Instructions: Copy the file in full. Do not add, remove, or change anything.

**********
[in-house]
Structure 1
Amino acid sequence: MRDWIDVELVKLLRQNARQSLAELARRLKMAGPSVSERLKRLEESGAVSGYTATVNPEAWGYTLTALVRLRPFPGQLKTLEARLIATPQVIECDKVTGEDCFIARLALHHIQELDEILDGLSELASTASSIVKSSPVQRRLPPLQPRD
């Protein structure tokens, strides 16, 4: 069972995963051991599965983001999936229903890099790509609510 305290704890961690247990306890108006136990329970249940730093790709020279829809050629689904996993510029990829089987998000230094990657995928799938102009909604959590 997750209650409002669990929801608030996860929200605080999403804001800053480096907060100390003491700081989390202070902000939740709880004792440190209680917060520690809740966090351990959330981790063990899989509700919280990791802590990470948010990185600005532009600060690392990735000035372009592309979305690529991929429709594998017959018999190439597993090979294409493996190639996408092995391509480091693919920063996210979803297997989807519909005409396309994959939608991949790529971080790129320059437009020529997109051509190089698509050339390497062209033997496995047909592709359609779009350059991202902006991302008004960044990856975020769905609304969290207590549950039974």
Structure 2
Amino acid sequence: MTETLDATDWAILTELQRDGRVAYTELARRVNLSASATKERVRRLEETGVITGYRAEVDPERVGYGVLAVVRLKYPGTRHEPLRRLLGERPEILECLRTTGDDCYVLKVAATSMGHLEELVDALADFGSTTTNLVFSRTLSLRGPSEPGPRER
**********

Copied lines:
[in-house]
Structure 1
Amino acid sequence: MRDWIDVELVKLLRQNARQSLAELARRLKMAGPSVSERLKRLEESGAVSGYTATVNPEAWGYTLTALVRLRPFPGQLKTLEARLIATPQVIECDKVTGEDCFIARLALHHIQELDEILDGLSELASTASSIVKSSPVQRRLPPLQPRD
């Protein structure tokens, strides 16, 4: 069972995963051991599965983001999936229903890099790509609510 305290704890961690247990306890108006136990329970249940730093790709020279829809050629689904996993510029990829089987998000230094990657995928799938102009909604959590 997750209650409002669990929801608030996860929200605080999403804001800053480096907060100390003491700081989390202070902000939740709880004792440190209680917060520690809740966090351990959330981790063990899989509700919280990791802590990470948010990185600005532009600060690392990735000035372009592309979305690529991929429709594998017959018999190439597993090979294409493996190639996408092995391509480091693919920063996210979803297997989807519909005409396309994959939608991949790529971080790129320059437009020529997109051509190089698509050339390497062209033997496995047909592709359609779009350059991202902006991302008004960044990856975020769905609304969290207590549950039974």
Structure 2
Amino acid sequence: MTETLDATDWAILTELQRDGRVAYTELARRVNLSASATKERVRRLEETGVITGYRAEVDPERVGYGVLAVVRLKYPGTRHEPLRRLLGERPEILECLRTTGDDCYVLKVAATSMGHLEELVDALADFGSTTTNLVFSRTLSLRGPSEPGPRER